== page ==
Modules

You can extend the functionality of Omeka S by writing an add-on component called a module. Zend Framework 2 provides a substantial framework for writing modules, but Omeka S provides extra structure that makes the modules installable, upgradeable, and integratable.

Directory Structure

At its most basic level, a module directory is structured like so:

MyModule/
    Module.php
    config/
        module.ini
        module.config.php
    src/
        <library-directories-and-files>
    assets/
        <asset-directories-and files>/
    view/
        <module-namespace>/
            <controller-directories>/
                <action-template-files>.phtml
        common/
          mymodule-<template-files>.phtml

The name of the module directory (MyModule above) is significant. It must be a reasonably unique, concise, and descriptive name of your module in CamelCase format.

The asset directory contains assets such as JavaScript, CSS, and image files, usually in their own subdirectories.

When using a shared directory in the view directory (such as common above) be sure to name the templates in such a way to avoid naming collisions. A good practice is to prefix the template names with the name of your plugin.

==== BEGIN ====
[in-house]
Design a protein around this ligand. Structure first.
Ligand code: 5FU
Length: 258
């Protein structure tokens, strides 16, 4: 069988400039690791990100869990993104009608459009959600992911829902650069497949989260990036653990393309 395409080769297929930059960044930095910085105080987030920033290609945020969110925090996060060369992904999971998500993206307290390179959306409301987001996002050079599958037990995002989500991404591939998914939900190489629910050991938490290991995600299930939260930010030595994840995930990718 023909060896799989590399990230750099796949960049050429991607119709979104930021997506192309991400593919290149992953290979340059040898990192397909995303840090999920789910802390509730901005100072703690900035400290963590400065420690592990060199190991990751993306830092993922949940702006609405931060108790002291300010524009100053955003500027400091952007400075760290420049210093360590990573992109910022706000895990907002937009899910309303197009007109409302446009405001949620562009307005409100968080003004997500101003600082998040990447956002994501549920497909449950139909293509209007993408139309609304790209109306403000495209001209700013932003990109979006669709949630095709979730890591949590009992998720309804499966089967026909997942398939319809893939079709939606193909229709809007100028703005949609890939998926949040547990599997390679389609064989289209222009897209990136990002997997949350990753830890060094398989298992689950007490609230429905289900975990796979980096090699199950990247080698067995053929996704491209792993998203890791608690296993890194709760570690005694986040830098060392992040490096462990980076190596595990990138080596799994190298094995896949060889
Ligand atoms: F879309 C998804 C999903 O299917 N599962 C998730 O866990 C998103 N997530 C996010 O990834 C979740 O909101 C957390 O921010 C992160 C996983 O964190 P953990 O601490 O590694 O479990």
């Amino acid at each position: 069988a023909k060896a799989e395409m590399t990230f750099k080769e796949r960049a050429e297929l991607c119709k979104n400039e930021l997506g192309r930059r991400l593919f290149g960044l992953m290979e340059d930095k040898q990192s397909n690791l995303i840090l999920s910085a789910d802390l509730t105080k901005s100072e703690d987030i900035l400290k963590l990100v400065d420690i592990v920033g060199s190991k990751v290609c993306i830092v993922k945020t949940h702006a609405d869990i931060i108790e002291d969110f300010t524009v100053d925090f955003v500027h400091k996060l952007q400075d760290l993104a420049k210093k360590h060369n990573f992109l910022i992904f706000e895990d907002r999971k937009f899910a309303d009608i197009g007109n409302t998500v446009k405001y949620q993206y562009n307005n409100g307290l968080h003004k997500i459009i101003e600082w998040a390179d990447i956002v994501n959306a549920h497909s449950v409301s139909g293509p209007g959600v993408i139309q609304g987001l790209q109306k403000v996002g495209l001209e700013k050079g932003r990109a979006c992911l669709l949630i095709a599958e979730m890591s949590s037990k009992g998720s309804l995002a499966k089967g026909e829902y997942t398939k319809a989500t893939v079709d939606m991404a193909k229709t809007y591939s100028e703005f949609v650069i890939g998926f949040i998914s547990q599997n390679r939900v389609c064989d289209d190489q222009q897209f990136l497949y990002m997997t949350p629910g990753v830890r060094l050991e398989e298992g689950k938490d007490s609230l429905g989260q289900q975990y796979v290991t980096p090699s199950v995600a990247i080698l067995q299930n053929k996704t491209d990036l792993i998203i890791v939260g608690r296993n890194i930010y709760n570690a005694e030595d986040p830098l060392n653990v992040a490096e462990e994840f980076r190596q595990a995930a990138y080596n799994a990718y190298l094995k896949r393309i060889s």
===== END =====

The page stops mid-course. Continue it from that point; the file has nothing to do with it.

config/module.ini

Every module must have an INI file, a file containing basic information about the module. The file must be named module.ini and be saved in your module's config/ directory.

  • name (required): The human-readable name of the module
  • version (required): The version of the current code state
  • author (optional): The author of the module
  • configurable (optional): Whether the module is configurable, true or false
  • description (optional): A description of the module
  • module_link (optional): An absolute URL to a page about the module
  • author_link (optional): An absolute URL to a page about the author
  • omeka_version_constraint (optional): A Composer version constraint for what versions of the Omeka S core this module works with
name         = "My Module"
version      = "1.0"
author       = "My Organization"
configurable = true ## whether there is a configuration for the module
description  = "Lorem ipsum dolor sit amet, consectetur adipiscing elit."
module_link  = "http://my-organization.com/my-module"
author_link  = "http://my-organization.com"
omeka_version_constraint = "^1.0.0"

Module.php

The Module.php file is required. It provides the methods needed to integrate your custom functionality with Omeka S.

Making a Module Configurable

To enable module configuration, remember to set configurable = true in config/module.ini and use the getConfigForm() and handleConfigForm() methods in your module class, like below:

use Omeka\Module\AbstractModule;
use Zend\View\Model\ViewModel;
use Zend\Mvc\Controller\AbstractController;

class Module extends AbstractModule
{
    /** Module body **/

    /**
     * Get this module's configuration form.
     *
     * @param ViewModel $view
     * @return string
     */
    public function getConfigForm(ViewModel $view)